3. Inadequate financing options for renewable energy projects, including insufficient access to affordable financing for project developers, entrepreneurs and consumers.

4. Imperfect capital markets, which includes failure to internalise all costs of conventional energy (e.g., effects of air pollution, risk of supply disruption) and failure to internalise all benefits of renewable energy (e.g., cleaner air, energy security).

5. Inadequate workforce skills and training, which includes lack of adequate scientific, technical, and manufacturing skills required for renewable energy production; lack of reliable installation, maintenance, and inspection services; and failure of the educational system to provide adequate training in new technologies.

6. Lack of government policy support, which includes the lack of policies and regulations supporting deployment of renewable energy technologies and the presence of policies and regulations hindering renewable energy development and supporting conventional energy development. Examples include, subsidies for fossil-fuels, insufficient consumer-based renewable energy incentives, government underwriting for nuclear plant accidents, and complex zoning and permitting processes for renewable energy.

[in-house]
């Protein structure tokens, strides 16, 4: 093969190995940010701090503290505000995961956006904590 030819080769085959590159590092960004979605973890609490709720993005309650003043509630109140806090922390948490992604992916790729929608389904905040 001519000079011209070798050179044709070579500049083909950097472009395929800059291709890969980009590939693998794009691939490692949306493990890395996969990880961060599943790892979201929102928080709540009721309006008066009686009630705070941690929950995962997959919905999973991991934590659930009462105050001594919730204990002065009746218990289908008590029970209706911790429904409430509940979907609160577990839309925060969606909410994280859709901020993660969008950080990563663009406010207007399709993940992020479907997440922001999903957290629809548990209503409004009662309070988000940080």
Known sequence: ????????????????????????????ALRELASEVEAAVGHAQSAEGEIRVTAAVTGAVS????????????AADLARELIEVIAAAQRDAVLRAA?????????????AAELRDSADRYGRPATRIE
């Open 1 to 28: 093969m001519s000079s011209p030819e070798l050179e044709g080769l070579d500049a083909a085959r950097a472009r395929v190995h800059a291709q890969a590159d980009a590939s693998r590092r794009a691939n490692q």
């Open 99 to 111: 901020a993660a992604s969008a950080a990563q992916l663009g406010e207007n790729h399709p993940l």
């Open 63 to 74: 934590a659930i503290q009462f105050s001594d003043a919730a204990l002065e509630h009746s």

7. Lack of information dissemination and consumer awareness.

8. Poor public perception of renewable energy system aesthetics.

9. Lack of stakeholder/community participation and co-operation in energy choices and renewable energy projects.

Steps to be taken:

1. Open up electricity generation for mass people without any state regulation or prior permission.

2. Ensure low cost equipments for Solar, Bio-gas and Windmill power generation.

3. Special fund to lending in Solar, Bio-gas and Windmill and making it available to the poor without any collateral.

4. Technical training for the young generation on installation, operation and troubleshooting of Solar, Bio-gas and windmill.

5. Nuclear power plant has to be established to meet our demand for power.

6. Ensure use of energy efficient appliances at home and office.

7. Ensure highest budget and proper implementation for power generation.


Published by

Md. Joynal Abdin

Development Researcher, Columnist and Author